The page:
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The Remington De Luxe KMC

by | Mar 28, 2014 | Remington | 17 comments

The regular Remington KMC (see comparison to KMM here)

Can you find it?

The Endicator shows red when you remove the platen:

Remove the paper tray to get a clear view of the lever that activates the Endicator.
When the lever goes up, the Endicator turns red. The lever is supposed to poke through
a slot in the paper tray and into a groove in the platen (I assume). The position of
the lever can be adjusted.

Opening the back panel is a breeze:
I almost forgot about one more “deluxe” feature, the shiny feet.
These are also found on the De Luxe Remington Noiseless standard.

17 Comments

  1. Piotr Trumpiel

    This is a beast with a serious sense of purpose emanating from it. And the typeface looks very clear and easy to read.

    Reply
  2. Ton S.

    "De Luxe" is in the details. The Endicator (yay, I spotted it) and chrome feet are cool features. And who wouldn't want glossy finish over matte. Where did you find it?

    Reply
  3. Miguel Chávez

    Love the new background!

    I agree, the KMC is one mighty fine typing machine, and the DeLuxe model certainly looks fantastic! I like the typeface a lot.

    Reply
  4. rn

    I like the elliptical shift keys on this shiny beast. Might I ask what the KMC keys do?

    Reply
  5. notagain

    I miss my KMC, it's in the Lost Patrol. The deluxe features on this are dashed cool.

    Reply
  6. Miguel Chávez

    It's the "Keyboard Margin Control"… they set the left and right margins.

    Reply
  7. Anonymous

    A handsome hunk of a typewriter. :)

    Reply
  8. Bill M

    Wonderful machine. It is the first one I've seen. I noticed ads on Ebay and thought nothing of a DeLuxe being different from the KMC thinking folks used only the KMC. I really like the DeLuxe over the regular KMC and the typeface is very nice.

    I have been able to trim platens by very carefully using an Xacto razor knife held inplace on a good rest; generally someplace on the carriage. (or the easy way on the tool rest on one of the lathes at work — same result only a bit quicker). Only works if the platen rubber is still pliable though.

    Reply
  9. Don Lampert

    Thanks!, Was going to ask if the KMC was the intermediate model between the Seventeen, and the Super Riter!
    But I see in your KMC / KMM comparison, that you answer my question. But it inspired me to get both out and have a look. What I discovered was – how to get the KMC button on my Super Riter to do it's thing. I would push it and expect the margins to automatically move like on the Royals, but now I see that you need to engage the margin stop mechanism first, then move it. Doesn't then seem like so much a copy of Royals "Magic Margin", but obviously the courts did.
    I too, like the ease, and feel of the Remington's – much to my surprise, being a "Royal" kind of guy.
    Thanks for the enlightening post!!

    Reply
  10. Richard P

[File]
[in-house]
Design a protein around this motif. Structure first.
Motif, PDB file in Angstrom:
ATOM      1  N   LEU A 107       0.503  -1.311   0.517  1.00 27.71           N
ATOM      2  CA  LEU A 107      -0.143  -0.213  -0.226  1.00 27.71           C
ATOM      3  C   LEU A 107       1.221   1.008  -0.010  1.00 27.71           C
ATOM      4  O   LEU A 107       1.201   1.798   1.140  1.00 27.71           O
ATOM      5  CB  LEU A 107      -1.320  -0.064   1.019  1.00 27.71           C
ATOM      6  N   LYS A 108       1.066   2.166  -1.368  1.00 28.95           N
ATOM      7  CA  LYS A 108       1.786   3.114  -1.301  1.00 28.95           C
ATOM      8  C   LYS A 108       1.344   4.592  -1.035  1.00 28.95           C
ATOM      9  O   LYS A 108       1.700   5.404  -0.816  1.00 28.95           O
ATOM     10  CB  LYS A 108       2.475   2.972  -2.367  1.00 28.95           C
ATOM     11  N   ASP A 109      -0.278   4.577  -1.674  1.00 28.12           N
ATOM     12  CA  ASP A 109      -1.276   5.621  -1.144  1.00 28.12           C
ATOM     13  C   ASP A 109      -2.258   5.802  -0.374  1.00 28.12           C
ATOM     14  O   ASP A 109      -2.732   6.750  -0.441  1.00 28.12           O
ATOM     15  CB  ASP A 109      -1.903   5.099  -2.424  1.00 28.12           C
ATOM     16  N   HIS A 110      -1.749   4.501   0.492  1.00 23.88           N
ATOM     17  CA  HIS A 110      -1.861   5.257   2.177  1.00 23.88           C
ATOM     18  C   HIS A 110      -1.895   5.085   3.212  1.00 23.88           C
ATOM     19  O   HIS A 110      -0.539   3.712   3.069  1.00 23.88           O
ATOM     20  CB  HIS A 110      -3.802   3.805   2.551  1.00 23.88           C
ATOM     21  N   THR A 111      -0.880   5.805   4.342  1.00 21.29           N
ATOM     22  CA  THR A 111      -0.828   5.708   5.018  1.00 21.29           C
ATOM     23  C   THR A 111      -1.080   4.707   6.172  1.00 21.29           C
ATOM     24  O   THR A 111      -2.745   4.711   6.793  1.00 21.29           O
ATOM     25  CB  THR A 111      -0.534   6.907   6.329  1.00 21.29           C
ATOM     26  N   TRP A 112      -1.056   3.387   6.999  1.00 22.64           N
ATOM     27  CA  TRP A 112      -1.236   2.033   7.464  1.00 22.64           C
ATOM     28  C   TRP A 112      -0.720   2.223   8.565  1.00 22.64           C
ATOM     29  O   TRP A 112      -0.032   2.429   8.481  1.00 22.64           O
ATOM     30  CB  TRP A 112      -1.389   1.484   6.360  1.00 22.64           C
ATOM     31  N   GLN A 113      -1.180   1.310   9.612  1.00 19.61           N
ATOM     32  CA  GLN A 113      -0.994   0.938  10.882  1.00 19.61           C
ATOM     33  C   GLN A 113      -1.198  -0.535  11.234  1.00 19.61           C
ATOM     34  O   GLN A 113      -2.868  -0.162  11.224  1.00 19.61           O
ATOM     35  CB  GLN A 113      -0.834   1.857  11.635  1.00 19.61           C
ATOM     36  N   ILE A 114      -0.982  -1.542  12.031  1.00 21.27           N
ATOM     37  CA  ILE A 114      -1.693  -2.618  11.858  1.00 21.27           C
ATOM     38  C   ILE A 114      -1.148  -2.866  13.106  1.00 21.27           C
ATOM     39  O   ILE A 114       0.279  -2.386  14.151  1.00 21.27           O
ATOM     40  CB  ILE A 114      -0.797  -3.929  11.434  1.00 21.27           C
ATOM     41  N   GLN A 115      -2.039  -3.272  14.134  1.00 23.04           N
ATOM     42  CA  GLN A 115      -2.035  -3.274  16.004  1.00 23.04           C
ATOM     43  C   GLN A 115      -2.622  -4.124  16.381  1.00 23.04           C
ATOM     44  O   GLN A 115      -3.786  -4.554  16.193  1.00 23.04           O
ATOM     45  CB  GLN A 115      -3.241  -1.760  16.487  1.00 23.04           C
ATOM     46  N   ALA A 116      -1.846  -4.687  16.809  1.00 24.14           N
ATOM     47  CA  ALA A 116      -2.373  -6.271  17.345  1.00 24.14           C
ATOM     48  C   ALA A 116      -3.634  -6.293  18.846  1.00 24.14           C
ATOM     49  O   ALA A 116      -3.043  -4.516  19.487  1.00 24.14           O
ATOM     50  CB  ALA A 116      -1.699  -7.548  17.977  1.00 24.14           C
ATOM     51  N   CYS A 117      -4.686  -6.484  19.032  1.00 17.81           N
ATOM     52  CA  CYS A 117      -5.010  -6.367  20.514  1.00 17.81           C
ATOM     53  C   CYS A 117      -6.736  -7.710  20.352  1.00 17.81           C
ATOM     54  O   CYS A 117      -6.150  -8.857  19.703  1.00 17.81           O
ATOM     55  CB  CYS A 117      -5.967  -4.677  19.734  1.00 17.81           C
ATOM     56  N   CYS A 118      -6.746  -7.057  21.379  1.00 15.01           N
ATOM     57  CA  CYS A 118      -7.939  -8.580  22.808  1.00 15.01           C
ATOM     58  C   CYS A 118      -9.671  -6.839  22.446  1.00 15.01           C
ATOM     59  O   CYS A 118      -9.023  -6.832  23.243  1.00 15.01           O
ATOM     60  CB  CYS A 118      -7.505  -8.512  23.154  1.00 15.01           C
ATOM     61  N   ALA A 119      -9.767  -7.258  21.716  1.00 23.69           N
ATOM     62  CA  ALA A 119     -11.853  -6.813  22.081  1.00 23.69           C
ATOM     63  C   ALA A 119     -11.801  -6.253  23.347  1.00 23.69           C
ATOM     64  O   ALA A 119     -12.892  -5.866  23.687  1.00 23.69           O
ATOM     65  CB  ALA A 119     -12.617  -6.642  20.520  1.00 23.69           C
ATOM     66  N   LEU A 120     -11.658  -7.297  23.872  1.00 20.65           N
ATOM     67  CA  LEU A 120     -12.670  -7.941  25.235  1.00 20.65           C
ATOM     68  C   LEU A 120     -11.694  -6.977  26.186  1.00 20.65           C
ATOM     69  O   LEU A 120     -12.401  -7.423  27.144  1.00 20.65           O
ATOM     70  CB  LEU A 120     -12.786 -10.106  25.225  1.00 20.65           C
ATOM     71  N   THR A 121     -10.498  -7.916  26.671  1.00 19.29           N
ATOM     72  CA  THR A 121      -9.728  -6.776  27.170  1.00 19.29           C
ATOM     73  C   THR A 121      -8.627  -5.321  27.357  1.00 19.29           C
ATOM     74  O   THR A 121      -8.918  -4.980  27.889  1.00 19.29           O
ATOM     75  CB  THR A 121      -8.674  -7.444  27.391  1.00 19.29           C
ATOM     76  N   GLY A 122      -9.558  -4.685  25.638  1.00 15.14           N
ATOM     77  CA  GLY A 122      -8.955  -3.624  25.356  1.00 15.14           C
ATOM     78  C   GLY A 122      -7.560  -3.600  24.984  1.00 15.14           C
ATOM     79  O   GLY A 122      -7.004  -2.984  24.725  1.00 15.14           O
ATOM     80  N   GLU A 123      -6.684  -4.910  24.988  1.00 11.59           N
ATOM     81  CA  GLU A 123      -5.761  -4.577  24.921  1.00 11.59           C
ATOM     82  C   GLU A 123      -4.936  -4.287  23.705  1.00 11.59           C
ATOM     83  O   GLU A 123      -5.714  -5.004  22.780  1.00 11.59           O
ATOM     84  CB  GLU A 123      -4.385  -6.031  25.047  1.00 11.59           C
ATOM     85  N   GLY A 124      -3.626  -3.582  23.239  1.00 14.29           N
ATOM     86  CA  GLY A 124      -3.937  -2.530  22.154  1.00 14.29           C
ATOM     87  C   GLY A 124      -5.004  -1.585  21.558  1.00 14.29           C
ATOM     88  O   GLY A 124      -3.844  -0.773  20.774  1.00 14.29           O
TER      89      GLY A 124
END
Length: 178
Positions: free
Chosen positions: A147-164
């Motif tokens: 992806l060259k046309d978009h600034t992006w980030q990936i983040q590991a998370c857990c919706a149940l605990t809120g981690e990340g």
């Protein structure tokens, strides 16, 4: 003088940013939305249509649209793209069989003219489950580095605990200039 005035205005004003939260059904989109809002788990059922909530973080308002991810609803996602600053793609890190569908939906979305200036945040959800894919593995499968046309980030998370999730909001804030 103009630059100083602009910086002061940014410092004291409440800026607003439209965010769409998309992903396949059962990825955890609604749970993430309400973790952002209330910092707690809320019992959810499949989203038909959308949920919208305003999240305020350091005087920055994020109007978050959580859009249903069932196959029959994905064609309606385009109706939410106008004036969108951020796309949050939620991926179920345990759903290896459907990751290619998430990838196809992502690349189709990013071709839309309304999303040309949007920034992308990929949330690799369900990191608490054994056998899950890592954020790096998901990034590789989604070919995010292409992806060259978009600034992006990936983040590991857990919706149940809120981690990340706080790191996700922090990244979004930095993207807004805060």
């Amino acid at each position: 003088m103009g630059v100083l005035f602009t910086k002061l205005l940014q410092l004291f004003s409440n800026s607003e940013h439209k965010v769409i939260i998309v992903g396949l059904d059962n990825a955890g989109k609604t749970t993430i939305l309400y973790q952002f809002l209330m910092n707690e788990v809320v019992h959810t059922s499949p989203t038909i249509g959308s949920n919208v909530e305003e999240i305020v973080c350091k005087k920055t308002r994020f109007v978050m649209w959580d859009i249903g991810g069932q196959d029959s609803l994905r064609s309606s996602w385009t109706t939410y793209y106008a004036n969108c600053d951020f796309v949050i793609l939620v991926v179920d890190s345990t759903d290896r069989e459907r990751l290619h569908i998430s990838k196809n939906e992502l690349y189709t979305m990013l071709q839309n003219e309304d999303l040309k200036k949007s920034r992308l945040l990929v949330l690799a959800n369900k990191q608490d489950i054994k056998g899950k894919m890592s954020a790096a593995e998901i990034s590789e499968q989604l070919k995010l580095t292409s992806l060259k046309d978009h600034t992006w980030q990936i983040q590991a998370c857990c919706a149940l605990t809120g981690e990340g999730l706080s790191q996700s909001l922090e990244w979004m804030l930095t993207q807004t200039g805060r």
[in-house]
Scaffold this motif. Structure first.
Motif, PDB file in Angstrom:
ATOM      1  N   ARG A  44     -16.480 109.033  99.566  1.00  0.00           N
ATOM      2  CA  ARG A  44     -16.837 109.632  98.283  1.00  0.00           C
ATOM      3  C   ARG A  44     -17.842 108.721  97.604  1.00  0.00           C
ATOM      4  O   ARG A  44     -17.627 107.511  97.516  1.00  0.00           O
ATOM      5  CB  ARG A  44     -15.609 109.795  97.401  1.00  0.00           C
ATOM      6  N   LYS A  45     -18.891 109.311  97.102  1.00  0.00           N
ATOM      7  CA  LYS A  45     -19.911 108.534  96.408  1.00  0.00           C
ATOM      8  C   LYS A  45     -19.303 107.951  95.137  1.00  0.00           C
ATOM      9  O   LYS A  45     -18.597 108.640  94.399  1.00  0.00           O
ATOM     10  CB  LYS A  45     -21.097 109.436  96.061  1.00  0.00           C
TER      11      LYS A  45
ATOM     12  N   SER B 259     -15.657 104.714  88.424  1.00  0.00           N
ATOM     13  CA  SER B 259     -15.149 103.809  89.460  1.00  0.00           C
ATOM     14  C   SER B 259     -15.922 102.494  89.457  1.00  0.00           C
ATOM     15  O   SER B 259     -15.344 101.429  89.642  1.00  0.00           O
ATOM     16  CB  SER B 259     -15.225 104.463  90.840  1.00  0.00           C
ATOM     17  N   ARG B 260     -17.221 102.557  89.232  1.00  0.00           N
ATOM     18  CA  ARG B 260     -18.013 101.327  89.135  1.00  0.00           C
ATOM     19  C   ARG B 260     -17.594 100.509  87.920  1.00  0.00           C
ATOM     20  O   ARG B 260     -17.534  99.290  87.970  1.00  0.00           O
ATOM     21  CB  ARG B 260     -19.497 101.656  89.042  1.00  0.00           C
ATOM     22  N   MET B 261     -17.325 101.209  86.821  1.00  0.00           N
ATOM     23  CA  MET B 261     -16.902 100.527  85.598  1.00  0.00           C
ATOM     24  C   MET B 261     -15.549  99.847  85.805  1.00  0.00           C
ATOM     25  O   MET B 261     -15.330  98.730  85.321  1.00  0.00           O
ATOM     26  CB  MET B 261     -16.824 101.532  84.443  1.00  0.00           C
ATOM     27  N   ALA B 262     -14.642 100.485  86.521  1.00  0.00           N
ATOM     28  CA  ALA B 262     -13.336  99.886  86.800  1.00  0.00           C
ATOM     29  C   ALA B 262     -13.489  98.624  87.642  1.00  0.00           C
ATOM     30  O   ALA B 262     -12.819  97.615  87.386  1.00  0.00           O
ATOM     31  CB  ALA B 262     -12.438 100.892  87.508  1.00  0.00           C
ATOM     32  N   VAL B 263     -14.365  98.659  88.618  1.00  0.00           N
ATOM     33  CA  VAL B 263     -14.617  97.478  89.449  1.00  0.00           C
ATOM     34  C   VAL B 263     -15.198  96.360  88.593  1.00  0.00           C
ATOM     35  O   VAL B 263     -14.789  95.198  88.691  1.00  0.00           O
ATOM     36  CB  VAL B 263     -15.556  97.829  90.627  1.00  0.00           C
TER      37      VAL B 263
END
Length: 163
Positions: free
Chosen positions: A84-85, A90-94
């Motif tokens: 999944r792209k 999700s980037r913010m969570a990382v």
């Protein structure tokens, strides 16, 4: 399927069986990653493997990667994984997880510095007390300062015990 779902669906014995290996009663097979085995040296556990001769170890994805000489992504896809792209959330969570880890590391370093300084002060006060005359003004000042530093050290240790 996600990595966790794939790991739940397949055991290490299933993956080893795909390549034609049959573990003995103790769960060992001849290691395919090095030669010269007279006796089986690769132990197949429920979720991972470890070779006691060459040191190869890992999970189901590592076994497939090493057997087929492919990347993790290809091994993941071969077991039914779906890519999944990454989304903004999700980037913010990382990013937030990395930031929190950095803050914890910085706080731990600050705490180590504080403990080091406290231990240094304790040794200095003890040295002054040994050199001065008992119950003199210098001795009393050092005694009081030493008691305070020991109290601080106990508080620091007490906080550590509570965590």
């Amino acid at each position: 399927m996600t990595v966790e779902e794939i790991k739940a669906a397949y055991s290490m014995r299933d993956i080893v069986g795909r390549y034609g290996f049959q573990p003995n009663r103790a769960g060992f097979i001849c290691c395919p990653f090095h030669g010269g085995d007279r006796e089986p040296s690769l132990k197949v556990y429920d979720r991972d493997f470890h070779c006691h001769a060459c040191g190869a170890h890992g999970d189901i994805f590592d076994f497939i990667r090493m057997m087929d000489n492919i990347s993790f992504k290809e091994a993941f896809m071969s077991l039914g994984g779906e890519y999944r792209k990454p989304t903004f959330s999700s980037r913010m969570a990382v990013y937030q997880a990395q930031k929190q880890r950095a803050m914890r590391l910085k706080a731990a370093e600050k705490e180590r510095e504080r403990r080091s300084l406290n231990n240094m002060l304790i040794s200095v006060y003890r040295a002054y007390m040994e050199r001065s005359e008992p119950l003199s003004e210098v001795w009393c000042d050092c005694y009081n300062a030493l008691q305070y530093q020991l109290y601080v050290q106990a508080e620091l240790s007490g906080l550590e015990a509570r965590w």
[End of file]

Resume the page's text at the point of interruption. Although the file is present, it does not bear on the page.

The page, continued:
Thanks for commenting.

    On the KMC model, the KMC keys on left and right immediately change the margins (if you are making the margins tighter).

    I haven't seen a Super Riter with a KMC mechanism; I thought they went back to more conventional, non-automatic margin settings on this model. (Frankly, even though the KMC, Magic Margin, etc. are fun, they can also be confusing and gimmicky.)

    Reply
  11. Unknown

    I am on the hunt for he KMC Deluxe. Just got the companion portable in the same finish. It'll be our first Remington standard. Keeping my eyes peeled! And I love the little differentiating gadgets that these designers came up with…. Like the page end-Icator. Great stuff!

    Reply
  12. Rob Bowker

    Shiny feet and a cat-flap? That's a very classy machine, are you tempted to put a groove in the platen – it shouldn't be difficult with a scalpel and a steady hand.

    Reply
  13. Richard P

    Tempted indeed. I now am friends with the guy who runs our physics workshop, a paradise of lathes, blasting cabinets, etc., etc., and he would probably help me out.

    Reply
  14. rino breebaart

    great looking machine. Am sure the action's nice too. Looks like it's got many novels in it yet…

    Reply
  15. Don Lampert

    Yes, I too thought that the Super Riters did not have KMC. On my 1955 Standard ( Super Riter looking) machine, there is no KMC key. But, on my 1950 Super Riter "radio mill" machine, there is a KMC key on the right side, that when you push, it appears that nothing happens – so I thought it was a "dead" carryover. After your post though when I got them out to check, I realized that if you move the carriage to the margin control mechanism on the bar at the back, and push and hold the KMC key, you can then drag the margin mechanism anywhere you want until you release the KMC key – then it's set. So it's semi automatic?
    Have you heard of this? Is this unique, or maybe a transitional deal right after the court case ended, before they could re-engineer fully?
    Anyway, after this post, it persuaded me to buy the Standard that I'd been thinking about for weeks, and I'm glad I did! They are nice typers.

    Reply
  16. Richard P

    Thanks. I have not heard of this before.

    Reply

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